Pennsylvania

Energy. Environment. Economy.

Landowners complain congressional staffer pressured them about pipeline

Joe Pitts, Diane Black

AP Photo/Lauren Victoria Burke

A staffer for Congressman Joe Pitts (R- Lancaster Co.) reportedly called and emailed residents who oppose an interstate gas pipeline.

Lancaster Newpapers (LNP) reports a staffer for Congressman Joe Pitts (R- Lancaster Co.) is defending himself over emails and phone calls he made to residents who live along the route of a proposed interstate gas transmission line.

According to LNP, after Pitts was re-elected to a 10th term in November his aide Tom Tillet contacted at least five opponents of the proposed Atlantic Sunrise pipeline and told them they should allow the pipeline company, Williams, to survey their property.

Read the full story from LNP:

He smugly reminded them that a majority of their fellow residents voted for Pitts.

The calls and e-mails to anti-pipeline residents have angered some and led to accusations that Tillett is lobbying on behalf of the pipeline company.

Both Tillett and Pitts strongly deny that allegation. They say all contacts to residents were in response to their concerns they had first brought to Pitts’ office.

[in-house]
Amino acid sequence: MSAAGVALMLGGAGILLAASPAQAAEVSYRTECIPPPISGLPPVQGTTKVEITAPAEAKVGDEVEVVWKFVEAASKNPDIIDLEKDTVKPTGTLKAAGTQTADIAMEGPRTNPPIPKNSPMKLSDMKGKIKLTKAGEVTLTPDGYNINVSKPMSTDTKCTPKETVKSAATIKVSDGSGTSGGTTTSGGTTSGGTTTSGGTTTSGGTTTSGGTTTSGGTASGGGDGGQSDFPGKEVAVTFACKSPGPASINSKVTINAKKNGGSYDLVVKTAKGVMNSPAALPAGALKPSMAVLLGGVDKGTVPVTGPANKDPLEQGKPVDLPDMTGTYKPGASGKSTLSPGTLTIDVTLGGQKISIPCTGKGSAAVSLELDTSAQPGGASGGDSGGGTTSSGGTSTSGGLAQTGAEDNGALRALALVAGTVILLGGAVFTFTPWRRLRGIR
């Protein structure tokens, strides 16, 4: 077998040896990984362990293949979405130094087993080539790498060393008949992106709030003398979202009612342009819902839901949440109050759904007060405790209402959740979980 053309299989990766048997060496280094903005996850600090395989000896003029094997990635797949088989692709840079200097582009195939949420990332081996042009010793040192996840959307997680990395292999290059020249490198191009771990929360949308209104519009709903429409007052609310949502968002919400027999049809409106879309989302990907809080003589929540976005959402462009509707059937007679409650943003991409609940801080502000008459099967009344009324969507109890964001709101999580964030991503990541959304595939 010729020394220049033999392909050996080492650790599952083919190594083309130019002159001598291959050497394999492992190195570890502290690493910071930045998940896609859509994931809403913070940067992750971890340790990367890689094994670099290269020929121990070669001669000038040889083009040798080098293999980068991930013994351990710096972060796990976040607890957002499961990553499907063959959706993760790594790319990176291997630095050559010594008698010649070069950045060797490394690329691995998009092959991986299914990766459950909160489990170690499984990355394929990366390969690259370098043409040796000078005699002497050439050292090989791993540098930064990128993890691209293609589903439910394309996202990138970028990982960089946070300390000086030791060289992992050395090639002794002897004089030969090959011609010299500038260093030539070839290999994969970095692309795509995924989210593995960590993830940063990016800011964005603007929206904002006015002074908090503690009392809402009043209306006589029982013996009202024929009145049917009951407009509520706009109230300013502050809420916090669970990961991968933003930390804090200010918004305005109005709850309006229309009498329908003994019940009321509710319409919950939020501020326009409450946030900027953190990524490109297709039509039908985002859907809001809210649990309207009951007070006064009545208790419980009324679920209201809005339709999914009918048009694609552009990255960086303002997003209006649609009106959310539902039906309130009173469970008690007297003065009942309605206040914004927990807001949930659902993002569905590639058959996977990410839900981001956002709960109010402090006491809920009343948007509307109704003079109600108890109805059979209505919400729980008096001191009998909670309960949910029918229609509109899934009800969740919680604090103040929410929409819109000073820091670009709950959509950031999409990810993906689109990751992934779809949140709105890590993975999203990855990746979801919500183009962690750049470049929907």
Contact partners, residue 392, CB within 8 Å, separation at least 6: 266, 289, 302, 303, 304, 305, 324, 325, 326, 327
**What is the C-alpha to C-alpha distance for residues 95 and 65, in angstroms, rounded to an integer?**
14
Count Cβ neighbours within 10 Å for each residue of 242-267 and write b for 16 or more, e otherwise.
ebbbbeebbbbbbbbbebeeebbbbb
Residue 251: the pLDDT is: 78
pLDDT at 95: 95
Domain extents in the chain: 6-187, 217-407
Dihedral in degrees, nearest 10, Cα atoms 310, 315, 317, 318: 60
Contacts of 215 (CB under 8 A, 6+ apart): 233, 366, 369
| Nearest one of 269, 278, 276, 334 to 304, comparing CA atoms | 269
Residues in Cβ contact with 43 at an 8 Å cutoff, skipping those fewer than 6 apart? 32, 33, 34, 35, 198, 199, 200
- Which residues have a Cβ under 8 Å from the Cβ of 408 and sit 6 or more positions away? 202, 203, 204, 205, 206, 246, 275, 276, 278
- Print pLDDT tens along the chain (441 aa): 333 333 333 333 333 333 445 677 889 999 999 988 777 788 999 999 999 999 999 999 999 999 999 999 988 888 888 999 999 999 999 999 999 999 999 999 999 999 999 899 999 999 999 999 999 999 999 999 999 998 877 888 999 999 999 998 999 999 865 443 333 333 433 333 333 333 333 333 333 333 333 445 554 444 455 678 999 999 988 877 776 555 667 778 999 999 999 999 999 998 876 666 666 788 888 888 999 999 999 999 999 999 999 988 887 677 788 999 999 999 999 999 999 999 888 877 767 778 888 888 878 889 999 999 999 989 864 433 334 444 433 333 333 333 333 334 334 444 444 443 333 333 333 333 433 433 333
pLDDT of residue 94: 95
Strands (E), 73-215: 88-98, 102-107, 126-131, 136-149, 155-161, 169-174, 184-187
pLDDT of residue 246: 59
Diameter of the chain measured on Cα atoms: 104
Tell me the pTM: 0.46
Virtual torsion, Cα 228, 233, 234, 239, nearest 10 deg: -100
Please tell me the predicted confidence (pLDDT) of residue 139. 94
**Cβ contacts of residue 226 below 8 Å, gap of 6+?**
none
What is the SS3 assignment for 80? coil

But the bluntness and sometimes combative tone of the exchanges raise questions for some about the role of Pitts’ office in what has become one of the most strident environmental projects ever in Lancaster County.

“The fact that Tom Tillett is delivering messages from Williams is what disturbs me. I believe Tillett is making calls on behalf of Williams,” said one pipeline opponent in West Hempfield  Township after receiving an e-mail from Tillett.

But, provided copies of the e-mails and asked if he felt his staffer had acted inappropriately in any way, Pitts defended his staffer.

The Atlantic Sunrise project is one of many large-scale pipeline projects in the works in Pennsylvania. At least one federal regulator has said the amount of opposition in Lancaster County to this pipeline is unprecedented in her 24 years.

If approved, the pipeline would move Marcellus Shale gas from Susquehanna County as far south as Alabama. It would cut through 10 central Pennsylvania counties and carry the gas to markets along the eastern seaboard, including the Cove Point export terminal along the Chesapeake Bay.

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